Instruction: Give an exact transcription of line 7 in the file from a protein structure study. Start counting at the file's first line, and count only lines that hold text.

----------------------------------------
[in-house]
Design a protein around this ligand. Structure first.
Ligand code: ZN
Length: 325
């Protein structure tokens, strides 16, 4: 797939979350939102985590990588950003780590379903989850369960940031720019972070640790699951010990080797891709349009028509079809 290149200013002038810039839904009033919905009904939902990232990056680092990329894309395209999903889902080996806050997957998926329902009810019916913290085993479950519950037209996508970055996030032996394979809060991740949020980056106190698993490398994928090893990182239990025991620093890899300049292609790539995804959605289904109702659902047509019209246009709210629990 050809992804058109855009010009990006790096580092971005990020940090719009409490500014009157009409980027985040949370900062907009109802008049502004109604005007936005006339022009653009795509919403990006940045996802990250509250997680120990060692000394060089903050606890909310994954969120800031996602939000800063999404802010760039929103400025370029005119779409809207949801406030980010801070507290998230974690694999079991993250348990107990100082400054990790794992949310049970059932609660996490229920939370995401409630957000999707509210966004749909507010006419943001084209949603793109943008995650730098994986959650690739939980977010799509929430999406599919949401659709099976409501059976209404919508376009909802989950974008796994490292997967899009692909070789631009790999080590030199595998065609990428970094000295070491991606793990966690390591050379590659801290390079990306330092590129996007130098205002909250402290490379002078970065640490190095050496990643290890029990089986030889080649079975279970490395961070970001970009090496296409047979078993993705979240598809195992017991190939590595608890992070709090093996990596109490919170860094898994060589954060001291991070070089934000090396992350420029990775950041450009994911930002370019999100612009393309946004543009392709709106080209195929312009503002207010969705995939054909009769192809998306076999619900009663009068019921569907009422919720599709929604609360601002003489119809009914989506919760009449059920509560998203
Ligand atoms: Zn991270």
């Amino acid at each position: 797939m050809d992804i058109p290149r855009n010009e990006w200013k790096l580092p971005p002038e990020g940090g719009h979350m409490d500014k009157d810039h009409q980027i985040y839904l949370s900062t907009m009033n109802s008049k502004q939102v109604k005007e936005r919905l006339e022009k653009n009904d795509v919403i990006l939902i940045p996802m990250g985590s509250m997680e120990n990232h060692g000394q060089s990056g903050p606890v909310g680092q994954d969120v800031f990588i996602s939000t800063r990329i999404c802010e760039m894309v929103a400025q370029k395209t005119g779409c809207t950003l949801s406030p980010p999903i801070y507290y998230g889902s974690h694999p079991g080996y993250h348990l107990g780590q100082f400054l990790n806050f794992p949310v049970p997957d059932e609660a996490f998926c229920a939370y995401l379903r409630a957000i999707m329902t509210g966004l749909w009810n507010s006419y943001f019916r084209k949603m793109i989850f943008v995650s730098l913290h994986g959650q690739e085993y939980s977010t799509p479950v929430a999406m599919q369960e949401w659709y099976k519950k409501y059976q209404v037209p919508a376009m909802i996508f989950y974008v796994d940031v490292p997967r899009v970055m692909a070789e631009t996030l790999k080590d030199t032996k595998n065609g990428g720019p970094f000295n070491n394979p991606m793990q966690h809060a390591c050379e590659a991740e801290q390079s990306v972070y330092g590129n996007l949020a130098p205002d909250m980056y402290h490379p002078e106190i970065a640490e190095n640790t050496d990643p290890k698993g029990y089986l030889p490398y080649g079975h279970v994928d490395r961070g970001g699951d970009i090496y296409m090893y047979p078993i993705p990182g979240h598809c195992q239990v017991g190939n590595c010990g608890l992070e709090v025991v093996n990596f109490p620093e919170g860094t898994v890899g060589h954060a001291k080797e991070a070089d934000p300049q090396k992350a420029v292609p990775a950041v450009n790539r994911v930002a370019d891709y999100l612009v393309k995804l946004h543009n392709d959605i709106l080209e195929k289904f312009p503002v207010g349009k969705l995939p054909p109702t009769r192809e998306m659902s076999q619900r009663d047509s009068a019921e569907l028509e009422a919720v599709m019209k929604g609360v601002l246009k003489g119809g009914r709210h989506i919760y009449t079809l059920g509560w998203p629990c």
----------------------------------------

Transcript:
């Amino acid at each position: 797939m050809d992804i058109p290149r855009n010009e990006w200013k790096l580092p971005p002038e990020g940090g719009h979350m409490d500014k009157d810039h009409q980027i985040y839904l949370s900062t907009m009033n109802s008049k502004q939102v109604k005007e936005r919905l006339e022009k653009n009904d795509v919403i990006l939902i940045p996802m990250g985590s509250m997680e120990n990232h060692g000394q060089s990056g903050p606890v909310g680092q994954d969120v800031f990588i996602s939000t800063r990329i999404c802010e760039m894309v929103a400025q370029k395209t005119g779409c809207t950003l949801s406030p980010p999903i801070y507290y998230g889902s974690h694999p079991g080996y993250h348990l107990g780590q100082f400054l990790n806050f794992p949310v049970p997957d059932e609660a996490f998926c229920a939370y995401l379903r409630a957000i999707m329902t509210g966004l749909w009810n507010s006419y943001f019916r084209k949603m793109i989850f943008v995650s730098l913290h994986g959650q690739e085993y939980s977010t799509p479950v929430a999406m599919q369960e949401w659709y099976k519950k409501y059976q209404v037209p919508a376009m909802i996508f989950y974008v796994d940031v490292p997967r899009v970055m692909a070789e631009t996030l790999k080590d030199t032996k595998n065609g990428g720019p970094f000295n070491n394979p991606m793990q966690h809060a390591c050379e590659a991740e801290q390079s990306v972070y330092g590129n996007l949020a130098p205002d909250m980056y402290h490379p002078e106190i970065a640490e190095n640790t050496d990643p290890k698993g029990y089986l030889p490398y080649g079975h279970v994928d490395r961070g970001g699951d970009i090496y296409m090893y047979p078993i993705p990182g979240h598809c195992q239990v017991g190939n590595c010990g608890l992070e709090v025991v093996n990596f109490p620093e919170g860094t898994v890899g060589h954060a001291k080797e991070a070089d934000p300049q090396k992350a420029v292609p990775a950041v450009n790539r994911v930002a370019d891709y999100l612009v393309k995804l946004h543009n392709d959605i709106l080209e195929k289904f312009p503002v207010g349009k969705l995939p054909p109702t009769r192809e998306m659902s076999q619900r009663d047509s009068a019921e569907l028509e009422a919720v599709m019209k929604g609360v601002l246009k003489g119809g009914r709210h989506i919760y009449t079809l059920g509560w998203p629990c």